A good way to add diversity to your garden and your diet is to grow nuts, and hazelnuts, also known as filberts, would probably be your first choice. In the spring of 2007 I planted hazelnut trees on the north border of my garden. Last fall, a short four years later, I began to harvest the nuts. Not all the trees were bearing, but enough were so that I could enjoy a nice harvest and work out the details of what to do with them. I have seventeen trees, each planted 4 feet apart. The nuts grow in clusters on the trees, as shown in the photo. It was exciting to watch them develop over the summer. I had heard that squirrels often take them, so I watched carefully into September. I didn’t want them to fall to the ground because I was afraid I would lose them. As the clusters dried on the tree, I pulled them off. If they needed further drying I put them in the solar dryers. The harvest began October 9. At first I stored them in baskets in a cool room in the house. Having them in clusters insured that there would be some air circulation. Eventually I got around to threshing them out of the clusters by putting them in a pillowcase and hitting it with a stick. I use that same procedure to separate dried beans from their hulls. After threshing I stored some hazelnuts in a crock-type “cookie jar” in my pantry. The rest were put into a pillowcase and hung in the barn to keep safe from mice.
In The Resilient Gardener, Carol Deppe writes of collecting nuts in her community many years ago and cautioned about getting them up as soon as they fall. If left on the ground for any length of time, worms would get in them. There were nut trees everywhere and most were going to waste because the residents had lost the knowledge of how to manage them. Living in a small apartment at the time, Deppe was able to harvest 200 pounds of hazelnuts from the European hazelnut trees in her Oregon neighborhood. Just goes to show you that even if you don’t have a garden, you can still harvest food by gleaning the neighborhood, with permission, of course. She stored them in mesh bags that she hung in her apartment.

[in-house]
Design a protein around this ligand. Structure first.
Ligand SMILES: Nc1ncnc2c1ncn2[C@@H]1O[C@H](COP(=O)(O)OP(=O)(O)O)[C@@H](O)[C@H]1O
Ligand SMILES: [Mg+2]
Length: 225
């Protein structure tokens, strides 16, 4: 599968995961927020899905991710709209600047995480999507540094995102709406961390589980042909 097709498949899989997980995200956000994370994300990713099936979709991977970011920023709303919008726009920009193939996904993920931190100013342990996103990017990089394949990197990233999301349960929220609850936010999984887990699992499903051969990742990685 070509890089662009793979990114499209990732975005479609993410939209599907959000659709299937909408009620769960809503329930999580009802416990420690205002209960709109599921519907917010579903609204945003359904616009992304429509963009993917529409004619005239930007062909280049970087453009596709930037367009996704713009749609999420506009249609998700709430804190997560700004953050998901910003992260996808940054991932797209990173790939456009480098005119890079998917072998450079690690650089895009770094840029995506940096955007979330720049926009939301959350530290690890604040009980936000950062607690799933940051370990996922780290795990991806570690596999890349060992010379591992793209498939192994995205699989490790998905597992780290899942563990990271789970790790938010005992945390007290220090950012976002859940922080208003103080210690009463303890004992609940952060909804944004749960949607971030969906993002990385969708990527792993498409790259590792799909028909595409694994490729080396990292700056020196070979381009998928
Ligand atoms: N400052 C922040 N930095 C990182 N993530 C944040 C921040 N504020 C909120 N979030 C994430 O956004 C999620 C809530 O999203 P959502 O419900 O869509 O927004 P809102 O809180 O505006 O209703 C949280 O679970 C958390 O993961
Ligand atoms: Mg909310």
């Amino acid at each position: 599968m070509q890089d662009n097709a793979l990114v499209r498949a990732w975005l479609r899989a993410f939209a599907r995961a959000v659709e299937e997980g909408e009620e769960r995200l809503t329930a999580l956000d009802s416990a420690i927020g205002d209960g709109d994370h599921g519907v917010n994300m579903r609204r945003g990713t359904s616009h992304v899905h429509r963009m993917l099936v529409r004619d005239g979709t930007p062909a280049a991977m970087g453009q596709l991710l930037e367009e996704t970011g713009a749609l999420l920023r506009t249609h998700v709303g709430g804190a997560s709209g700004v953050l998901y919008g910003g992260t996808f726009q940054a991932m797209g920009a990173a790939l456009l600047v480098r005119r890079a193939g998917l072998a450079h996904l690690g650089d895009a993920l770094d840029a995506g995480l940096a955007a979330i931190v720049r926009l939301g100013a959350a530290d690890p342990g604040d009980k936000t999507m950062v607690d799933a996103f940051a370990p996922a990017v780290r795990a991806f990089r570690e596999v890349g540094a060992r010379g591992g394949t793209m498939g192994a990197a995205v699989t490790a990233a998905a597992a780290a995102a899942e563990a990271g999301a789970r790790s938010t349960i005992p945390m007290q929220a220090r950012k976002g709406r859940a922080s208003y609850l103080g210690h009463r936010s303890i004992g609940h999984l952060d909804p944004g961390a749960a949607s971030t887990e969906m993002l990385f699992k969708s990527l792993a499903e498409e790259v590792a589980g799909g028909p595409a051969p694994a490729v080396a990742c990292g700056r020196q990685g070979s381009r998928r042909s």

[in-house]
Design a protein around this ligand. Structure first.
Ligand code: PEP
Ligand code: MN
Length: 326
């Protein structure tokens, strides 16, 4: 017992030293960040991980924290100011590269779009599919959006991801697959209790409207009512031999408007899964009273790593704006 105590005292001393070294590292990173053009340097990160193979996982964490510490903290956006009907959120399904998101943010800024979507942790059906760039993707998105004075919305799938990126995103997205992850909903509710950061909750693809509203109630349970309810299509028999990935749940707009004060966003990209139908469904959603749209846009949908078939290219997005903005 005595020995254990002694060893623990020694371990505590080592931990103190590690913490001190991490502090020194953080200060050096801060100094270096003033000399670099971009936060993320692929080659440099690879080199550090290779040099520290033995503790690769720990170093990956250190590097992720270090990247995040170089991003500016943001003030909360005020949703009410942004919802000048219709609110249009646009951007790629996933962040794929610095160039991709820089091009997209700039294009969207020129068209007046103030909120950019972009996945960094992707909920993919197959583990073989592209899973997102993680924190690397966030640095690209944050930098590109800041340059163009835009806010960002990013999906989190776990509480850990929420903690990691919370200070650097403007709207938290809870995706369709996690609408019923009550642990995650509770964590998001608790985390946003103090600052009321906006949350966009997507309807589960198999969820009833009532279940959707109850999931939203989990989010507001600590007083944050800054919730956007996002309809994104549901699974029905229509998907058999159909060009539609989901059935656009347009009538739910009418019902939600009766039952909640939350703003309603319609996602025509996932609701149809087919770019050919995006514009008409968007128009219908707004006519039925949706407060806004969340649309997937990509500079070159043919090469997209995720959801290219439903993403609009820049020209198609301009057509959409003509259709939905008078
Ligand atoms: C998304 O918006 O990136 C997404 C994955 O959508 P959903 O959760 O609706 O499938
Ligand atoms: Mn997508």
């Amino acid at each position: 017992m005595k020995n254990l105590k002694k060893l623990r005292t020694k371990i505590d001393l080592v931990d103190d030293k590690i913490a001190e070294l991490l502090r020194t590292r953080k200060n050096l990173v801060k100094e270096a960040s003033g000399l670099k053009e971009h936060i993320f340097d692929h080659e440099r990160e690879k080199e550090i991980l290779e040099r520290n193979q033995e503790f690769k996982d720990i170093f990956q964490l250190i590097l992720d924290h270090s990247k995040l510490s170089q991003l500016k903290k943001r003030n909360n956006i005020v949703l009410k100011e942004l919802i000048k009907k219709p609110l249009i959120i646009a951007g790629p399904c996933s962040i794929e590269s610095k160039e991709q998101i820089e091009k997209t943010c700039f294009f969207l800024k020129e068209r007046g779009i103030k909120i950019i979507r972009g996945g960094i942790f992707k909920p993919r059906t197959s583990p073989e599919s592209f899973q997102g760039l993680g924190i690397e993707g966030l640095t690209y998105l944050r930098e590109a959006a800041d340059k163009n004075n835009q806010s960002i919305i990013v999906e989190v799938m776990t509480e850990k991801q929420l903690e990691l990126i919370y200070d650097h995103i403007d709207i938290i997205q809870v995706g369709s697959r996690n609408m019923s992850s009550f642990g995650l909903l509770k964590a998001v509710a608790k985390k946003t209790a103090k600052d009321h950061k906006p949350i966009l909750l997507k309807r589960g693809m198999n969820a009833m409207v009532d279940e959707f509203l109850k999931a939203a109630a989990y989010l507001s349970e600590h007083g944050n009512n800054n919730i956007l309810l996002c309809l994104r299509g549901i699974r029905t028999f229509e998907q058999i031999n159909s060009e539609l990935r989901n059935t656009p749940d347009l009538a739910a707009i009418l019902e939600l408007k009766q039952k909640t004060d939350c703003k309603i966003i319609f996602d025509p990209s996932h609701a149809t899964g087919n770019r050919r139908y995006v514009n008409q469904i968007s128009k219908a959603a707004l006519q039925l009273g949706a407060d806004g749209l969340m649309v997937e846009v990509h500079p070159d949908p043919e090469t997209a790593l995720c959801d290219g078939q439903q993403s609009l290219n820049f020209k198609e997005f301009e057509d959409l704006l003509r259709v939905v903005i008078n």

The nuts still need to be shelled before eating. My hazelnuts are smaller than the European hazelnuts that you will find in the health food store. In fact, they were too small to use with a regular nut
cracker, so I resorted to using a hammer to crack them open. That worked, but often I hit too hard and also smashed the nutmeat. My solution was to use vice-grips (locking pliers). I could set the screw on the end of the handle so that the pliers would close to just the right space, cracking the shell but not the nutmeat. From the photo you can see that some nuts are much larger than others. There were anywhere from 2-9 nuts in a cluster. The largest nuts were in the clusters containing two to five nuts.
The hazelnuts that I have planted are Corylus americana, which are native to the eastern half of the U.S. and Canada. Commercial production uses European varieties, which have larger nuts. The advantage of C. americana is that it is resistant to eastern filbert blight, which until recent years has kept the susceptible European varieties confined to western U.S. Now, however, the blight might be found everywhere. In response, resistant European varieties have been developed for the commercial trade. I planted for a hedgerow border so they were closely spaced. Trees can be set out alone or as in an orchard, but you need at least two for pollination.
Hazelnuts are a great addition to a permaculture garden. If you are not planting American hazelnuts, make sure you get a disease-resistant variety. If you want to put in a hedgerow, like I did, try to find a source with quantity discounts. You will find more information about hazelnuts at Homeplace Earth, specifically how they grow and how to propagate them. Good luck with your planting!